Decatur, IL, United States | Member Since 2010
I love Michael Pritchard as the narrator of the Nero Wolfe books. This is a good story with interesting characters well drawn and I think Rex Stout got in a few digs about the publishing industry of his time. Well done.
There is a good story buried under the heap of police procedural lingo and really filthy language. I am over sixty, make of that what you will, and I think the story would have flowed better with less "fuck" and "shit". It was like she had a limited vocabulary and those were her "go to" adjectives and adverbs. The lingo may have been authentic but I found it hard to follow. If I listened carefully I could pan for the gold-dust of plot among the rock and sand of obfuscation. The narrator was excellent.
Usually, I like alternative history. One of my favorite "what ifs" concerns Henry VIII. What if Catherine of Aragon's son had lived, etc. This is a lousy trilogy. I agree with the review who said the author suffers from Mary Sue syndrome: the lead character is her wish-fulfillment. If the story had been about four random people it would have been silly enough. To have Henry IX suffering love-madness and ruining his kingdom for this Mary Sue is ridiculous. Side characters behave in unnatural ways and the author makes the Odyssey seems sane by comparison to her lovers' travails. Anyone who gives this 4 or 5 stars is an idiot. I will never trust reader's reviews again. I trusted the ones who said "the third book of this trilogy is the best". Boo Hiss!
"Salt" is the kind of history I wanted from "Catching Fire"; an anecdotal recounting of the uses and abuses of salt across history and around the world: its use a money, political fodder, tax-base and the cause and excuse for riot and revolution. I had no idea how varied the types of salt mining and the many different kinds of salt there were and are.
This is an excellent book to listen to if you want to go to sleep. I DO NOT recommend it for drivers. It reads like a doctorial thesis that was released to the general public. It is way too detailed about caloric absorption, raw versus cooked and hominid diets. It was well thought-out and convinced me thoroughly of his hypothesis. I slogged through the first 6 hours or so, dredging up long-forgotten college biology data. It wasn't until he went into the sociologial aspects of hearth-fires, gender-based work divisions and the rise of marriage in primitive societies that it became interesting to me.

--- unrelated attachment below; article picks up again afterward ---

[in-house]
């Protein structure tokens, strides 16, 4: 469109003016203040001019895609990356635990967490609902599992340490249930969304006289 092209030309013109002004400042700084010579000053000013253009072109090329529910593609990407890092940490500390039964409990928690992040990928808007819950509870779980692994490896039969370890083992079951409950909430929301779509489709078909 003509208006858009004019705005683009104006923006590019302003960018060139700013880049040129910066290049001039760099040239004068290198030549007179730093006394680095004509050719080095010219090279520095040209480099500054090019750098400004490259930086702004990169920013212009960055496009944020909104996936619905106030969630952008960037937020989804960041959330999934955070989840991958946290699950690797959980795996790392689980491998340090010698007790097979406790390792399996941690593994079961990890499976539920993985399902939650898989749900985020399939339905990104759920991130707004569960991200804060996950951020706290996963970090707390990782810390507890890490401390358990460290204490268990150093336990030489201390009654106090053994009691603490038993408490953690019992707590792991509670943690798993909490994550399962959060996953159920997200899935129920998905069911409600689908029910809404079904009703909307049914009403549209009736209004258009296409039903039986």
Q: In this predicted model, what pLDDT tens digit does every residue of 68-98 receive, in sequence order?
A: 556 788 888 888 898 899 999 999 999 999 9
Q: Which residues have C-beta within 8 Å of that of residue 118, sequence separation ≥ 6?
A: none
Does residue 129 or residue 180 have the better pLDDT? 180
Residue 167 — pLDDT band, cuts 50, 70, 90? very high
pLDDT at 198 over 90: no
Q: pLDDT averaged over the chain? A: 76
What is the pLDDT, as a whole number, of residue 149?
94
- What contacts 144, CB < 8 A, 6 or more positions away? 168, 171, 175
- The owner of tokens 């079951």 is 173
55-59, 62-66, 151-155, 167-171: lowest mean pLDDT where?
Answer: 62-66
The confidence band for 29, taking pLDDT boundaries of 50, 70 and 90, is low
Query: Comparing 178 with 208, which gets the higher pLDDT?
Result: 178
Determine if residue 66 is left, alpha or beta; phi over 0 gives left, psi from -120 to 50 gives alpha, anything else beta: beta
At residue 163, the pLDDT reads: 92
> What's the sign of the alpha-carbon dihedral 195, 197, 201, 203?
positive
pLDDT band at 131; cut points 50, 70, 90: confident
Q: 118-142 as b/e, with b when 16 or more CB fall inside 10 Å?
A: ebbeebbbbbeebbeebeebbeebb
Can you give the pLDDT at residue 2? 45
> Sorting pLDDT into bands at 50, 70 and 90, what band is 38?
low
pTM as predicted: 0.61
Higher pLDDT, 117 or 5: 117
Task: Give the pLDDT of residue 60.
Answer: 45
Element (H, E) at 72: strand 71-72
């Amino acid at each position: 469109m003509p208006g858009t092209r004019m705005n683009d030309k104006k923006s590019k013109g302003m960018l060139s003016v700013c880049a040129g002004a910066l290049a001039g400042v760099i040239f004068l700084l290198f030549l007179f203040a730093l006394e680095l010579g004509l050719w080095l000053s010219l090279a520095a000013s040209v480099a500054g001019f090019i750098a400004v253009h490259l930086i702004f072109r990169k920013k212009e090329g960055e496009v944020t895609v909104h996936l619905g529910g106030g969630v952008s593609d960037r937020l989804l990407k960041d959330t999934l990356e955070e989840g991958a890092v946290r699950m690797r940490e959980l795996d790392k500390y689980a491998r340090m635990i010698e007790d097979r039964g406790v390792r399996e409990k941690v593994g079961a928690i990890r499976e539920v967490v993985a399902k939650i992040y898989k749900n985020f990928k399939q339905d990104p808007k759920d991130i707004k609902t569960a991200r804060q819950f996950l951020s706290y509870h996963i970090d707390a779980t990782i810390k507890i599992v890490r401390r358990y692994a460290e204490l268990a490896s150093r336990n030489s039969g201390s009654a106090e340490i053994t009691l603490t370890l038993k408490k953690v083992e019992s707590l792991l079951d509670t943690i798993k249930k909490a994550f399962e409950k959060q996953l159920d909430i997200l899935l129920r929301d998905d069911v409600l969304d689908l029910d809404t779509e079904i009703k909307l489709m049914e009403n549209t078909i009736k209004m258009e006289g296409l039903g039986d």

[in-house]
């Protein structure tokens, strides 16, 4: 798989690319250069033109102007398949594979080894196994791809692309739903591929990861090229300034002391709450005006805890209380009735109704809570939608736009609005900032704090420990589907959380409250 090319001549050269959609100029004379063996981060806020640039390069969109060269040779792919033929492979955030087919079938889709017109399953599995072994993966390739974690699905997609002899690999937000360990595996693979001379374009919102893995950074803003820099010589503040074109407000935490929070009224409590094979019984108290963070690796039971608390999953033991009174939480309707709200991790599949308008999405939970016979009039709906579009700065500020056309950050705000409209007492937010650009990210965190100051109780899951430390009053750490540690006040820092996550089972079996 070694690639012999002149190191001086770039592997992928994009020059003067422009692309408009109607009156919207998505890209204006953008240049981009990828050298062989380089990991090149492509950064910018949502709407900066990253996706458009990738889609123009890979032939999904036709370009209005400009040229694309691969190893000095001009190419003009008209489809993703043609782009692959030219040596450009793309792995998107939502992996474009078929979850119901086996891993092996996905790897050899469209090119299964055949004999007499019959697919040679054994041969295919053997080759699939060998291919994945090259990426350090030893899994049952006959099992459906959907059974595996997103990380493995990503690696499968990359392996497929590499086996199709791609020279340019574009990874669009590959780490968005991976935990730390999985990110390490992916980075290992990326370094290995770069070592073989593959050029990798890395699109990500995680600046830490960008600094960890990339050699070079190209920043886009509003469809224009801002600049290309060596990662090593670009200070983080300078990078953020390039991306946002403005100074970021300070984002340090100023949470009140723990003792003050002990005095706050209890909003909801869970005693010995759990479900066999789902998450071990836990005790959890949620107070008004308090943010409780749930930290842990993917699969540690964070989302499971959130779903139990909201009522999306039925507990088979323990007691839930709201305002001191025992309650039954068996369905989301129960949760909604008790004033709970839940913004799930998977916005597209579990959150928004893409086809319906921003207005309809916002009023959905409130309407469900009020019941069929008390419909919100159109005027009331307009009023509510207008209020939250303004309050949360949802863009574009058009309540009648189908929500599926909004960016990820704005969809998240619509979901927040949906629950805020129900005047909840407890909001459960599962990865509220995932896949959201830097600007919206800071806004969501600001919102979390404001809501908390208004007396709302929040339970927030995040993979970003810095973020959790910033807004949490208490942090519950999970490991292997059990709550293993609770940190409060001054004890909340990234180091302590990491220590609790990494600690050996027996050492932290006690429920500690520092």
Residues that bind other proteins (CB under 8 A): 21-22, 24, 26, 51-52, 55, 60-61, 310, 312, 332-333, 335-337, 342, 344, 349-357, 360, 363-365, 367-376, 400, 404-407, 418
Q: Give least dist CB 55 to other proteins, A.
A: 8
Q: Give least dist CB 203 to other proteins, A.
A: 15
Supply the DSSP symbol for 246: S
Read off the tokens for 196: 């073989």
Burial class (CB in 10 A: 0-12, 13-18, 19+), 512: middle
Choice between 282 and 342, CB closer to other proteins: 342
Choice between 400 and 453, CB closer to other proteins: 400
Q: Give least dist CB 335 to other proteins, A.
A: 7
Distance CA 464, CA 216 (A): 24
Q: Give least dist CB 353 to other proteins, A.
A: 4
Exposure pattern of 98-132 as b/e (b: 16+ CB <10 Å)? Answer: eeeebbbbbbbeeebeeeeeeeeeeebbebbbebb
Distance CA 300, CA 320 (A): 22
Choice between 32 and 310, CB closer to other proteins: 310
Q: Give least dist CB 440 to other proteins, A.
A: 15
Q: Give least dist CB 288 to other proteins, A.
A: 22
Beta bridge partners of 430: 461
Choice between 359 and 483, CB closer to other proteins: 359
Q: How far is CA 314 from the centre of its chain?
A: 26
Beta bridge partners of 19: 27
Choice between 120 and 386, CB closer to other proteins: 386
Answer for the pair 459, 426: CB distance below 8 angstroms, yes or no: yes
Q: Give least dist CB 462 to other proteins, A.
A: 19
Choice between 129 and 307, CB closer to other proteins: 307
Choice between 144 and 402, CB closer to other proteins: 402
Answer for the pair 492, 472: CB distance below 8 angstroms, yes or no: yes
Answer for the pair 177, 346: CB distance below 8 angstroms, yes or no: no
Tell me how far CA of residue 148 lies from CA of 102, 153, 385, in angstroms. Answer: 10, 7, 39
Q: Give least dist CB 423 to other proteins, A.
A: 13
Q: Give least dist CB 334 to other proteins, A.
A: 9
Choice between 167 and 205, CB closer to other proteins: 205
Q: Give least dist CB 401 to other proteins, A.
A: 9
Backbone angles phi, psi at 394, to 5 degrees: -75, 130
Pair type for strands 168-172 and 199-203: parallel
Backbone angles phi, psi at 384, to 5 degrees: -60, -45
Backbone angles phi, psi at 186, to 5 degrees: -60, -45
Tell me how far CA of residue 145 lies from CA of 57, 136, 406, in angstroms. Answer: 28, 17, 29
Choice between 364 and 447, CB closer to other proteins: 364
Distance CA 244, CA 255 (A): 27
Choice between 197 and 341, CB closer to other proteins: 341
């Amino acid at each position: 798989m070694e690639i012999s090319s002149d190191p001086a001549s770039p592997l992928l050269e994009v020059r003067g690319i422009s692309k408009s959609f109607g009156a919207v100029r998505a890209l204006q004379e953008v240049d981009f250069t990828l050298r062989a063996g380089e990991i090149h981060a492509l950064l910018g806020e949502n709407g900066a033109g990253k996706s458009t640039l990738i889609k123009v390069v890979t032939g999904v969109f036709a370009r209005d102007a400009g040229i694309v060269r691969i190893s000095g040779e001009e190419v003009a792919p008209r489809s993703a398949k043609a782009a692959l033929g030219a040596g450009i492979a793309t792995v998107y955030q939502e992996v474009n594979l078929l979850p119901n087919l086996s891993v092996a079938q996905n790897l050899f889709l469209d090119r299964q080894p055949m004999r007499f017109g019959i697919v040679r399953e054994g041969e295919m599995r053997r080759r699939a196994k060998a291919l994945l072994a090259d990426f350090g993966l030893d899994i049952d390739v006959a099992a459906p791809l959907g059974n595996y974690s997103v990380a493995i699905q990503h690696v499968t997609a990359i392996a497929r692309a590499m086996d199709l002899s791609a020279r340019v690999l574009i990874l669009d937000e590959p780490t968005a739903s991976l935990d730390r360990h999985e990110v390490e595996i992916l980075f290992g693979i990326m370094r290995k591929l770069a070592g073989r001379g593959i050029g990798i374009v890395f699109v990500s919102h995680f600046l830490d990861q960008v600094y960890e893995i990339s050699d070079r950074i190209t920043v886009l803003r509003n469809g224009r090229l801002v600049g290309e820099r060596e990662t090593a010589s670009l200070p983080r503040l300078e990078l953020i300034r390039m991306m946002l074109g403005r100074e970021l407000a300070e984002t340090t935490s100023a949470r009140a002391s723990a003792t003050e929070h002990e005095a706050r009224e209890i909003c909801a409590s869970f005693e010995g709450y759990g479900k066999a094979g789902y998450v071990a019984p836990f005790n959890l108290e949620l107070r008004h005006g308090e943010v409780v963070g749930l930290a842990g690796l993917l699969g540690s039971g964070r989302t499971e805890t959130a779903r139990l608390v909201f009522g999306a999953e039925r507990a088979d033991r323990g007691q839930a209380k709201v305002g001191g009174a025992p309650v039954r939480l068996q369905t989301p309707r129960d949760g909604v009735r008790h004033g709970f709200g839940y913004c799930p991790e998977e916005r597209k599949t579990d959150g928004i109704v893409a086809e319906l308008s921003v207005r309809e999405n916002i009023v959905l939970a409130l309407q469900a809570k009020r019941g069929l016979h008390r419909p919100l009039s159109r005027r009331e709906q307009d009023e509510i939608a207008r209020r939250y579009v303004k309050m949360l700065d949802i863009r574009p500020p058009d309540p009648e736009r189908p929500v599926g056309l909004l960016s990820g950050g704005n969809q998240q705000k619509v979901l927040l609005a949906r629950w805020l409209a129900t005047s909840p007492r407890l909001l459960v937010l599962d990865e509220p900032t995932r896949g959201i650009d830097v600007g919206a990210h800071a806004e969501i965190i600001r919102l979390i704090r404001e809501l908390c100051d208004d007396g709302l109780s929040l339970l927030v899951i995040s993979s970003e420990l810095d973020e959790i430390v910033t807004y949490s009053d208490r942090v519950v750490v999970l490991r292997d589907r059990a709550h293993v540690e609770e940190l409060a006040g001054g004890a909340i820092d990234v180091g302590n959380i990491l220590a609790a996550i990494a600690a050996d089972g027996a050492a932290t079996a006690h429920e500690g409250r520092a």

This is not a work for the casual or the uneducated listener.
The narrator is excellent. He does his best to cut through the jungle of dense words; to give it life and even poetry.
I'm glad I bought it but I'm never going to listen to it again.
I very much enjoyed this brief biography of Jane Austen. The biographer was knowledgable about her subject; enough so that she could make a compact but smooth-flowing account of Jane Austen's life. The narrator was marvelous. The references and quotations from the books written by Jane Austen were not overwhelming to someone who had not read them all. A pleasent listening experience.
I have purchased and listened to all Rhys Bowen's Royal Spyness books. The narrator is marvelous, with a command of a wide range of accents. The setting is well-illustrated, the writing hilarious and thrilling by turns. I strongly recommend this series.
I have listened to all the Royal Spyness books. The narrator is excellent, the story frothy and fun. An enjoyable listen!
This is an introduction to Discworld that sets the parameters and tone for all the following books. Laugh-out-loud funny and imaginative, a delight for fantasy fans.
Having listened to Pride and Prejudice and Sense and Sensibility, and enjoying them both, I downloaded Persuasion with pleasant anticipation. I was disappointed. The plot is almost non-existant, the prose dense and difficult to follow by listening, the characters annoying and the narrator monotonous. This is the kind of classic to put a new listener off classics.
Bill Bryson talks as much about what we don't know about Shakespeare (or Shacksper or Shakspere, etc.) as what we do know. It is informative in a negative sort of way, with digressions on Shakespeare scholars, life and theater in the Elizabethan and Jacobian ages, and a bit about who else might have written the plays. I recommend it.
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